Sandra RadlovackiSandra RadlovackiJune 16, 2020
Caroline-King-1280x853.jpg

3min831

Insurance firm Ageas UK has appointed new Customer Operations Director to take over responsibility for front lines and service operations alongside the business-wide customer service strategy.

Former Chief Customer Officer, Ant Middle, now CEO of Ageas UK has created two new appointments to replace his previous role.

Caroline King (pictured), the former Director of Sales and Service, has been appointed Customer Operations Director. Caroline joined Ageas in 2014 with extensive experience of leading customer operations within the industry, and has transformed the company front line sales leading to financial benefits and award-winning initiative.

A Chief Distribution Officer will be appointed to lead both Ageas’s intermediated and direct to customer distribution channels. Significant progress has been made in the recruitment of this role, with the appointment to be announced in the coming months. The role will work with Mark Auchterlonie, Darren Whittaker and Russell White, who were appointed as Directors of Distribution last year further cementing Ageas’s commitment to the intermediated market.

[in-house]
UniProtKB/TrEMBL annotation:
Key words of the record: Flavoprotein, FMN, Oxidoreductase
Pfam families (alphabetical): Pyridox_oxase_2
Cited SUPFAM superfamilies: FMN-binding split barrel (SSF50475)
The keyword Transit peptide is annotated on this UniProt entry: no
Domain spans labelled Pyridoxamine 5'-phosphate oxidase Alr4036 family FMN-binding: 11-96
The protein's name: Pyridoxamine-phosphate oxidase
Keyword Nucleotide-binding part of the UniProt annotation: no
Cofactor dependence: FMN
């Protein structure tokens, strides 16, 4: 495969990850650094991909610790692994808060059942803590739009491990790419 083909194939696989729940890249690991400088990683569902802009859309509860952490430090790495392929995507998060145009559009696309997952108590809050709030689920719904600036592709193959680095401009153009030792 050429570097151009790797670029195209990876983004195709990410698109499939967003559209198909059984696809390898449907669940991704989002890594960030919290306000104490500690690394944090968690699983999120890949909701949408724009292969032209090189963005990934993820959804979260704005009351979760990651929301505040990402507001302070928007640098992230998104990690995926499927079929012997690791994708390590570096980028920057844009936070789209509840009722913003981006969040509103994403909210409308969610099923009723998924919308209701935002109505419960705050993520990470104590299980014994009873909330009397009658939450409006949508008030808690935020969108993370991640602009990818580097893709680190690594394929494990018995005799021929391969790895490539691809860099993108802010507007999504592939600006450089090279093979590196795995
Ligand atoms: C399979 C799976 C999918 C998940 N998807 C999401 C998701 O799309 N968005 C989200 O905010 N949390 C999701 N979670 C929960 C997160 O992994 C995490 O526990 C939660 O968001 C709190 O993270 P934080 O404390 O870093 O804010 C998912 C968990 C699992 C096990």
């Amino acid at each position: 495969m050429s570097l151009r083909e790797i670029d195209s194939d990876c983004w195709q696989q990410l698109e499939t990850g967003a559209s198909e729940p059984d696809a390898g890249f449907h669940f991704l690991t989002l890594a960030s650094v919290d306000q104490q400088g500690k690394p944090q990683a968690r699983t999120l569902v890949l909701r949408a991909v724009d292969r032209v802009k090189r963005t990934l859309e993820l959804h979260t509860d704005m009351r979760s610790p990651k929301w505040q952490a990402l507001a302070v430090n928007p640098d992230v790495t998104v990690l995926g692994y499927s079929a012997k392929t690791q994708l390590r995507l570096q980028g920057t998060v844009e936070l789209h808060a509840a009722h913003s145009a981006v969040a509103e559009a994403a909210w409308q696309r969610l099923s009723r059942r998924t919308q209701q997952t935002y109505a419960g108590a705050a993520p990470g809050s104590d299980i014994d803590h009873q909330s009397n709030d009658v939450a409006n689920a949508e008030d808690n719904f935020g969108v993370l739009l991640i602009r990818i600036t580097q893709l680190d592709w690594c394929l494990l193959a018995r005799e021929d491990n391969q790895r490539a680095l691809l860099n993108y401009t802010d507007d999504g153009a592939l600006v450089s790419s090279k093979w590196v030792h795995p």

Ant Middle, the company’s CEO said: “As I take on the role of CEO, my priority is to lead Ageas to emerge strongly from the current situation. We remain financially strong, we have a sound strategy, and the priorities we set out at the start of the year remain highly relevant. If anything, our experience in recent months has enhanced our focus on some elements of our strategic development, not least our desire to grow profitably over time and maintain our reputation for customer service and claims excellence.”

“I welcome the broad and valuable experience that Caroline brings to the executive team, ensuring both the customer and our customer facing colleagues are at the forefront of the strategic decisions we make.  I am well advanced in the process of recruiting for the Chief Distribution Officer and look forward to announcing that news in the near future. ”

Ageas UK won Gold in the Contact Centre Large category at the UK Customer Experience Awards 2019.

CXM had the opportunity to speak with Caroline in January 2020.


Sandra RadlovackiSandra RadlovackiJune 10, 2020
Genesys_002-800x450-1.jpg

3min1220

The findings of the survey show that 71 percent of UK contact centres were not fully ready for remote working under the lockdown restrictions.